French newspaper uncovers new information about Lafarge in Syria

QAMISHLI, Syria (North Press) – Leadership of a French company was involved in paying off the Islamic State (ISIS) during the early years of the Syrian war, a French newspaper uncovered on March 20.

Le Monde, a French daily, found that Lafarge’s leadership was involved in the company’s paying off of radical militias, including ISIS, during the early years of the Syrian War. It also found that its main security officer at the time has been falsely charged with “financing terrorism” by a French court.

The French Lafarge company, since bought up by the Swiss Holcim conglomerate, ran a cement factory around 45km southeast of Kobani in northern Syria until 2015, when it was taken over by ISIS. Lafarge paid groups operating in the region around $15.34 million to carry on its operations, with between $4.8 and 10 million going to ISIS, according to one estimate. The money “paid passage fees and ransoms and purchased raw materials taxed by various Syrian armed rebel groups,” says Le Monde.

The company’s leadership since plead guilty to financing terrorism and has ongoing criminal suits for crimes against humanity (in France) and civil suits by the relatives of American military personnel killed in Syria (in the US).

The new investigation by Le Monde reveals that Lafarge hired a security officer in 2013, the Jordanian citizen Ahmed Jaludi, who worked closely with French and US intelligence during his stint in Syria. He is now accused of financing terrorism in France.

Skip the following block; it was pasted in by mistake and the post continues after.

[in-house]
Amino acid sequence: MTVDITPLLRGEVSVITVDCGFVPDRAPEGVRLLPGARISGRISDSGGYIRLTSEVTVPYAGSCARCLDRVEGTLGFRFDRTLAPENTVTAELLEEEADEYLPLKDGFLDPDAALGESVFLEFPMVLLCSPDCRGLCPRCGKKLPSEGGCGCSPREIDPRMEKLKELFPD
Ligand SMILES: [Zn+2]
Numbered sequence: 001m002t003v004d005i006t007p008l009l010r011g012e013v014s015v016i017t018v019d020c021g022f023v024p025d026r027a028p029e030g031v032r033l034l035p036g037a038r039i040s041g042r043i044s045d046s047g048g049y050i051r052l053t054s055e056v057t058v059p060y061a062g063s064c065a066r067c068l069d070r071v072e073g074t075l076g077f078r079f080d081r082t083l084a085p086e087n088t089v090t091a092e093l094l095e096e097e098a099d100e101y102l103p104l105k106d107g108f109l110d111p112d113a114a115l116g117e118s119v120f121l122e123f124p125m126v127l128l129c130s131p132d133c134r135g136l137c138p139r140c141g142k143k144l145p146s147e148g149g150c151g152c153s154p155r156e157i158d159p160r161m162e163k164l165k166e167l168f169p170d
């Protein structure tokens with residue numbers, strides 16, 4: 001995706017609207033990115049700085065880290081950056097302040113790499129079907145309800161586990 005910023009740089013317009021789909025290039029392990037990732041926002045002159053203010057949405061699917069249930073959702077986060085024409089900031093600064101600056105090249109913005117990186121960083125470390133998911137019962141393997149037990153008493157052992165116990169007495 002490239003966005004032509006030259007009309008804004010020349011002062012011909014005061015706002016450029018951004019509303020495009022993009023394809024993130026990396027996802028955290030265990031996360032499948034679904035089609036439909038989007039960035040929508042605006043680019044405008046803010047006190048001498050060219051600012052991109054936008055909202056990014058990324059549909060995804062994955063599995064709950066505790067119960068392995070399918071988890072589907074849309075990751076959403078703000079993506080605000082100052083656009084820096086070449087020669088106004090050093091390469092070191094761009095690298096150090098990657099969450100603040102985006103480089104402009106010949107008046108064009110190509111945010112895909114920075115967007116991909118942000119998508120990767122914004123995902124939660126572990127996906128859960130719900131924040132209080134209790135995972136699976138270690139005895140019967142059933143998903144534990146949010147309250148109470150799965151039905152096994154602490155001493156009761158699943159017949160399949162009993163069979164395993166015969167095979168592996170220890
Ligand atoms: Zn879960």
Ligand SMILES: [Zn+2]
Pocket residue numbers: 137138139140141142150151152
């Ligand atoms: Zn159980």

Jaludi provided foreign intelligence services with detailed maps and information on the location of Western hostages held by ISIS and other groups. The Jordanian employee also brokered the release of a number of prisoners. “Everyone benefited from my intelligence work: the coalition against the Islamic State, the United Nations, the NGOs. I am very proud of what I did,” he says.

Le Monde’s investigation makes clear that Lafarge’s leadership at the time wanted to shift the responsibility for paying off these unsavory groups to its on-the-ground employees, including Lafarge’s truck drivers.

Jaludi vehemently rejects that he made any payments to ISIS or other groups. “I wasn’t in charge of the money. I never paid anyone or ordered any payment,” he explains. “My job was simply to ensure the safety of the Lafarge plant and its employees, and to inform the coalition of developments on the ground. I believe that I was successful in my mission.”

Reporting by Sasha Hoffman